Though it takes place around the holidays, there’s not much to signify the Yuletide season except the Christmas tree in Jeff and Kelly’s home. Chicago just absorbed its worst winter in decades, and yet there’s no snow on the ground in the weeks leading up to Christmas, and barely any winter coats around. Such is the peril when there’s no money for environmental effects. Since the film adheres to the standard Swanberg micro-budget — certainly larger than his early years, but still reduced — aside from one party scene in the opening third with plenty of extras, essentially every scene boils down to shuffling between different combination of six characters, including a baby. It certainly helps that everyone has good chemistry, especially Kendrick and Webber, who don’t share much screen time but make the most of it as an awkwardly paired rebound with potential. The best scenes are perhaps the most accidental, which is par for the course with Swanberg. Jenny, Kelly, and Carson sharing a beer in the basement of Jeff and Kelly’s home yields a comically successful subplot where the three workshop the beginnings of a trashy romance novel à la 50 Shades Of Gray.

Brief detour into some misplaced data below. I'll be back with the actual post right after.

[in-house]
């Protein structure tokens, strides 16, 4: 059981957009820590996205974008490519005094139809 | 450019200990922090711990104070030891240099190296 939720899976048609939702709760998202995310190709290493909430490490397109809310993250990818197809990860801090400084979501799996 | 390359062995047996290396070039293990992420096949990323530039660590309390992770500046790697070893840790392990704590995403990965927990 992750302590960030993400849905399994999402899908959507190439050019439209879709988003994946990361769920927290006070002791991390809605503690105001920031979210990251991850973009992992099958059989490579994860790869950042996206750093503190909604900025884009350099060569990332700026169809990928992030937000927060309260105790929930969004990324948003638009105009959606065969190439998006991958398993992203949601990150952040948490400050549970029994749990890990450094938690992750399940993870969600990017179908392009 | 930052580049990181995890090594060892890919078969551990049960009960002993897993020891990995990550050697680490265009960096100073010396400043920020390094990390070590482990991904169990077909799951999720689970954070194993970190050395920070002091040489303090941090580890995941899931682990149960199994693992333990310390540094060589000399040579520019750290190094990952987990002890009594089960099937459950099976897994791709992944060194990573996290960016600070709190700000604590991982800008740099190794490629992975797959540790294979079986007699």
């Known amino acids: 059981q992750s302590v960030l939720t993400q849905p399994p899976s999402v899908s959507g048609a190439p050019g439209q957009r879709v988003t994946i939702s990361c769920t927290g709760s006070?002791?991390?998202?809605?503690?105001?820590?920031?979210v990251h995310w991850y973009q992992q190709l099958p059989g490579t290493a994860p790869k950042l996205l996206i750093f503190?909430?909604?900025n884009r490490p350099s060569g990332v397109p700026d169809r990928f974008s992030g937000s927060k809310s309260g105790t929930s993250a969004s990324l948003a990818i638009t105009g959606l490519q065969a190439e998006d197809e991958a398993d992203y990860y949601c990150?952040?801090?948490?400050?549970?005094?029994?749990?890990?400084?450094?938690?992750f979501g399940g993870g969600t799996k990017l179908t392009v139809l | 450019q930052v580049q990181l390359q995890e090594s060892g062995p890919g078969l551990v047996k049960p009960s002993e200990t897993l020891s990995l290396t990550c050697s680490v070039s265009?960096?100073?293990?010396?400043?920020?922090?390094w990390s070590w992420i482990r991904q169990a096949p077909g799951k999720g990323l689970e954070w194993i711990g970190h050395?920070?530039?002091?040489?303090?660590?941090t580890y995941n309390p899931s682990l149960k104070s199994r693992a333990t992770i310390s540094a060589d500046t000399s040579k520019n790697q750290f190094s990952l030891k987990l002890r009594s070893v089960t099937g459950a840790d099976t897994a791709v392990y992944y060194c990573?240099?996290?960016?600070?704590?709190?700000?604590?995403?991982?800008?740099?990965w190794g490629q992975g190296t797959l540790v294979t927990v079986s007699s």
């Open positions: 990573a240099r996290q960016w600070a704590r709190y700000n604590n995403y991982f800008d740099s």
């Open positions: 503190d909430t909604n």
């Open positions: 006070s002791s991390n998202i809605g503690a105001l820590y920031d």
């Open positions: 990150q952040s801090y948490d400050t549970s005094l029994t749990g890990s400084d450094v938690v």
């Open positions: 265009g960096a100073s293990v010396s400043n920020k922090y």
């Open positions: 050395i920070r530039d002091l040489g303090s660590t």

Happy Christmas doesn’t judge Jenny for her arrested development — though Kelly bounces back and forth between saying she loves her sister-in-law and complaining to her husband that her brother didn’t act so discombobulated. And while the sense that Jenny will inevitably do something moronic on a larger scale does indeed come to fruition, it’s more in service of the larger message that families contending with existential and philosophical problems instead of harsher struggles that demand immediate attention are blessed with making up quicker and easier. Broaching the question of class is perhaps unintentional, but unmistakably there. This is a film in which a married couple comprised of a working filmmaker and a published novelist struggling to write that next book complain about being too poor to afford childcare — while living in a home with a basement apartment and full tiki bar. Moments like that mean there’s a very small window within which Happy Christmas will resonate deeply without seeming like incessant navel-gazing. But for those who fall in that range, it’s pleasant and entertaining.
The nature of Swanberg’s process, with microscopic budgets and largely improvised performances, lends itself more to something like devised theater than cinema — which suggests multiple performances and a long rehearsal process would tease out meaning that doesn’t show up with extremely limited takes. But it’s still an interesting experiment to behold. Viewers have no idea whether to expect a successful gamble or a lackluster one; only that a risk to capture actor chemistry like lightning in a bottle has been taken. Happy Christmas isn’t the film on which to hang a referendum on Swanberg’s style: the lucky thing about the low stakes contained within his entire filmography is that it may never be possible to have that discussion around a single film, especially given his penchant for sub-80-minute runtimes. This is simply another well-observed, moderately successful glimpse into the lives of recognizable characters, albeit without a strong sense of purpose or urgency.